Around 20,000 Afghan refugees are staying at eight military bases across the U.S., Chairman of the Joint Chiefs of Staff Gen. Mark Milley said during a Wednesday press conference.
Evacuees from Afghanistan are screened for medical and security issues before arriving in the U.S. in accordance with Department of Homeland Security guidelines, according to Milley. The last U.S. plane left Kabul, Afghanistan, on Monday signaling the completion of the U.S. forces’ withdrawal from the country.
“Currently, there’s approximately 20,000 evacuees in seven staging bases in five countries in Central Command, another 23,000 in seven staging bases in four countries in Europe,” Milley said. “And as of this morning, there are approximately 20,000 Afghans who arrived at eight different military bases in the continental United States.”
More than 124,000 people were evacuated from Afghanistan since July, according to CBS News. An unknown number of U.S. citizens and Afghan allies were left in the country and it’s unclear whether American forces will assist them in leaving. (RELATED: EXCLUSIVE: Small Percentage Of Afghan Refugees Flagged Through Security Screenings For Possible Ties To Terrorism)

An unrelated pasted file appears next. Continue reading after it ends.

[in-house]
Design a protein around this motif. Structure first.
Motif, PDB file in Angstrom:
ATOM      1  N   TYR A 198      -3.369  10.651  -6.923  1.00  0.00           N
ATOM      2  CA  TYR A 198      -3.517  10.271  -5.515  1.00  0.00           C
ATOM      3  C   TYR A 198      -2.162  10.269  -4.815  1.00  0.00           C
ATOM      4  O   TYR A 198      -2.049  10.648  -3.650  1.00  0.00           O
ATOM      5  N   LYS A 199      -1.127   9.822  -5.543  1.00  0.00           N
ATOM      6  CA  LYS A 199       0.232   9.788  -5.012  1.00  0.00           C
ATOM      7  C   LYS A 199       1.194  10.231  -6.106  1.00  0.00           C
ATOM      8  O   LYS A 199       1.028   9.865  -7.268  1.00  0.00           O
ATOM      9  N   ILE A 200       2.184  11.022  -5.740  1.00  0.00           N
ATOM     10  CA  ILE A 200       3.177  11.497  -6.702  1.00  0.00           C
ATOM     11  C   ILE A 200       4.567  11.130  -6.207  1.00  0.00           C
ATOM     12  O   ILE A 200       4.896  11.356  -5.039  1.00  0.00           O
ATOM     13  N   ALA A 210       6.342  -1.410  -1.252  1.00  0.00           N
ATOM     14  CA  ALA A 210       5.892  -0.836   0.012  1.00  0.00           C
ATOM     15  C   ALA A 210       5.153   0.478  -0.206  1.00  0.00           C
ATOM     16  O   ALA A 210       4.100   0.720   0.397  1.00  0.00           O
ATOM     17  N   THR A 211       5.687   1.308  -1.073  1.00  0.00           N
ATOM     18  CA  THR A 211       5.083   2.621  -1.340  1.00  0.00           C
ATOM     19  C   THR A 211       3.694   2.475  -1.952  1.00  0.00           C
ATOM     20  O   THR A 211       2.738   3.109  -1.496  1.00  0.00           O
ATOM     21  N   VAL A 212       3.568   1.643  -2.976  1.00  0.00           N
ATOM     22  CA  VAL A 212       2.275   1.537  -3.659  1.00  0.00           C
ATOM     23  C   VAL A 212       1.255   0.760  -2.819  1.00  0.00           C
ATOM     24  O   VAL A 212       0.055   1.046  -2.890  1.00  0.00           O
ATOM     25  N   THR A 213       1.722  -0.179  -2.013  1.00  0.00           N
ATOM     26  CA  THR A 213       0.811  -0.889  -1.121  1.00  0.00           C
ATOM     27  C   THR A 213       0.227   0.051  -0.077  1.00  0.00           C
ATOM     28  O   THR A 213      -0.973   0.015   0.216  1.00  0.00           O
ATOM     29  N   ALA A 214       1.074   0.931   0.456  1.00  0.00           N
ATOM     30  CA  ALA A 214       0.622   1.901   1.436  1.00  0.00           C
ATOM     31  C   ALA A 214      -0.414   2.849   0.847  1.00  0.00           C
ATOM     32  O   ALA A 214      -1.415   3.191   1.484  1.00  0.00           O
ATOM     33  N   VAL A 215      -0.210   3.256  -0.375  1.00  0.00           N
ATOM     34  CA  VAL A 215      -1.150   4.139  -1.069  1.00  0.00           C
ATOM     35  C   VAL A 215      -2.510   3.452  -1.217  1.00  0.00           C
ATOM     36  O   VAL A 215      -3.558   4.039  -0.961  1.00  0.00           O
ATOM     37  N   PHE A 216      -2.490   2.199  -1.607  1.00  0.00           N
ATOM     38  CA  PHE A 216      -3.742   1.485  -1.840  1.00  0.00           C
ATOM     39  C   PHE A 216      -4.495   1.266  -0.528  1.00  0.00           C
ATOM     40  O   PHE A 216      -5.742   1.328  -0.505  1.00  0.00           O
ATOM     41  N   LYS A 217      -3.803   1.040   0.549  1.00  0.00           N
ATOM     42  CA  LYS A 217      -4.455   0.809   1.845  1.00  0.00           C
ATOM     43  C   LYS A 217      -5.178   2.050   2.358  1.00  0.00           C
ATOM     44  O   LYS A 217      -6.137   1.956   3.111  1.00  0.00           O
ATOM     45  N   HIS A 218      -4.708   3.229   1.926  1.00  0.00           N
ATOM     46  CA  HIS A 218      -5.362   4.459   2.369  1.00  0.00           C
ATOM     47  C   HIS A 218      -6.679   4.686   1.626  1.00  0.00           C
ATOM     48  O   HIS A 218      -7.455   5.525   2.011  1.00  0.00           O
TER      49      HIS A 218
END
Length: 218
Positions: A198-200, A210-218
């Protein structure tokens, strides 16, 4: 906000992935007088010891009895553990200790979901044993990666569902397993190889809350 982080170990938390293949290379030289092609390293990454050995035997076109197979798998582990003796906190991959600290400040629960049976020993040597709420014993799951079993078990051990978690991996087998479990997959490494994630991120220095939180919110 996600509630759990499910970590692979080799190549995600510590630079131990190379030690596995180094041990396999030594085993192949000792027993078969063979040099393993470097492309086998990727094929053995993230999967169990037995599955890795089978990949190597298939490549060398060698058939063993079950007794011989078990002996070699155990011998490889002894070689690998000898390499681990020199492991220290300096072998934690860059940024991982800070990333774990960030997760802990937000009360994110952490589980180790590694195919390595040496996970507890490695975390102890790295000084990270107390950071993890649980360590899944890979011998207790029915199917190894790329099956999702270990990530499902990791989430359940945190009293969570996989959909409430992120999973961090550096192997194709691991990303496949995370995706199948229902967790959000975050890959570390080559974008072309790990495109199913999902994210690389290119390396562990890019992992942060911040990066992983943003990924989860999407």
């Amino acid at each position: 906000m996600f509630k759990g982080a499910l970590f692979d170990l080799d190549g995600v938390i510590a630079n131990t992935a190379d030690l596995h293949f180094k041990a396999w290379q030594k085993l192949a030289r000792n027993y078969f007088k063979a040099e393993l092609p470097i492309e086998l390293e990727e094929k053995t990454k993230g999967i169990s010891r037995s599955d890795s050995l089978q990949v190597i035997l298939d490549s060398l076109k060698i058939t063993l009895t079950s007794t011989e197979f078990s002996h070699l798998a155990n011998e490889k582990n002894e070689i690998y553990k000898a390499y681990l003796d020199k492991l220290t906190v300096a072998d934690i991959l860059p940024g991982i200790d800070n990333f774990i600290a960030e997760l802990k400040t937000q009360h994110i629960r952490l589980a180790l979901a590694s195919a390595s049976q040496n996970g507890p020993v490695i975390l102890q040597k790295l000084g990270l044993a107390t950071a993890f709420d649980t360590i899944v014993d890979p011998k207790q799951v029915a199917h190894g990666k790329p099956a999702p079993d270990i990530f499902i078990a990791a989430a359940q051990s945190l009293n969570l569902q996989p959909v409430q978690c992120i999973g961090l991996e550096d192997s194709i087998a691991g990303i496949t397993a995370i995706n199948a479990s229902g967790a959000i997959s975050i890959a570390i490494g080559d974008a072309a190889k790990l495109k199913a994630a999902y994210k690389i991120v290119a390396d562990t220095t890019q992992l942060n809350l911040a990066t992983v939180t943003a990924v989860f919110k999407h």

The Department of Defense prepared for the arrival of up to 30,000 Afghan refugees who applied for Special Immigrant Visas (SIV) at Army bases in the U.S. The SIV applicants were expected to be housed at U.S. bases including Fort Bliss in Texas and Fort McCoy in Wisconsin.
The Biden administration this week warned refugee nonprofit organizations of the expected arrival of some 50,000 Afghan refugees without visas. It was unclear how many Afghan refugees were expected to arrive in the U.S. on SIVs.
At least 30 Afghan children had arrived in the U.S. without their parents as of Friday, CBS News reported. The unaccompanied children were taken into federal custody where officials will work to match them with sponsors in the U.S., including other family members or friends.
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